Online Encyclopedia

HUGUES DE LIONNE (1611-1671)

Online Encyclopedia
Originally appearing in Volume V16, Page 739 of the 1911 Encyclopedia Britannica.
Spread the word: del.icio.us del.icio.us it!
HUGUES DE LIONNE (1611-1671), French statesman, was born at Grenoble on the rrth of October 1611, of an old family of Dauphine. Early trained for diplomacy, his remarkable abilities attracted the notice of Cardinal Mazarin, who sent him as secretary of the French embassy to the congress of Munster, and, in 1642, on a mission to the pope. In 1646 he became secretary to the queen regent; in 1653 obtained high office in the king's household; and in 1654 was ambassador extraordinary at the election of Pope Alexander VII. He was instrumental in forming the league of the Rhine, by which Austria was cut off from the Spanish Netherlands, and, as minister of state, was associated with Mazarin in the Peace of the Pyrenees (1659), which secured the marriage of Louis XIV. to the infanta Maria Theresa. At the cardinal's dying request he was appointed his successor in foreign affairs, and, for the next ten years, continued to direct French foreign policy. Among his most important diplomatic successes were the treaty of Breda (1667), the treaty of Aix-la-Chapelle (1668) and the sale of Dunkirk. He died in Paris on the 1st of September 1671, leaving memoirs. He was a man of pleasure, but his natural indolence gave place to an unflagging energy when the occasion demanded it; and, in an age of great ministers, his consummate statesmanship placed him in the front rank. See Ulysse Chevalier, Lettres inediles de Hugues de Lionne . . . precedees dune notice historique sur la famille de Lionne (Valence, 1879) ; J. Valfrey, La diplomatie francaise au X VIII, siecle: Hugues de Lionne, ses ambassadeurs (2 vols., Paris, 1877-1881). For further works see Rochas, Biogr. du Dauphine (Paris, 1860), tome ii. p. 87.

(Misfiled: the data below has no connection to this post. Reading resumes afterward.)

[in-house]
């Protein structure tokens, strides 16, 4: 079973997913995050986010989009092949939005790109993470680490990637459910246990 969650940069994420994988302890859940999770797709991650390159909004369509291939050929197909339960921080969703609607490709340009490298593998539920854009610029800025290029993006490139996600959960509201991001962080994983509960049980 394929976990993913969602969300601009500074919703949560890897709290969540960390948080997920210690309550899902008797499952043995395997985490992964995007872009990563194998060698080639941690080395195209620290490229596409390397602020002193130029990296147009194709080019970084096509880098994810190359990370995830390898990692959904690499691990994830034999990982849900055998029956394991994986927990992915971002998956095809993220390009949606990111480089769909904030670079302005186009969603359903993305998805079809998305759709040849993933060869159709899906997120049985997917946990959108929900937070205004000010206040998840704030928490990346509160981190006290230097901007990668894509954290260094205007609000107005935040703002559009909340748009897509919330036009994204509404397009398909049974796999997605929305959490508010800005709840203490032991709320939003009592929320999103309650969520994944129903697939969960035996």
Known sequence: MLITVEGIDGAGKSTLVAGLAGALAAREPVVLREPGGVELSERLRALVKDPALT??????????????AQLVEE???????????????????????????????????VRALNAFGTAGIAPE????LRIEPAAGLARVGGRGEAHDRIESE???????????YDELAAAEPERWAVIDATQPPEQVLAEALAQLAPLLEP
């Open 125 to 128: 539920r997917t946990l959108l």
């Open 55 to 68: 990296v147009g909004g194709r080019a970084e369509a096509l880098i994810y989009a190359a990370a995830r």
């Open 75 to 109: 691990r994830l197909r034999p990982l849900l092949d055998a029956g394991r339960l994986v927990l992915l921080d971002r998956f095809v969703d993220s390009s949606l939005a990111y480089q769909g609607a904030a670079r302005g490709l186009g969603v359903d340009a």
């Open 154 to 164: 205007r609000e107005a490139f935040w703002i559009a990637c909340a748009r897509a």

End of Article: HUGUES DE LIONNE (1611-1671)
[back]
LIONEL OF ANTWERP
[next]
JEAN ETIENNE LIOTARD (1702—1789)

Additional information and Comments

There are no comments yet for this article.
» Add information or comments to this article.
Please link directly to this article:
Highlight the code below, right click and select "copy." Paste it into a website, email, or other HTML document.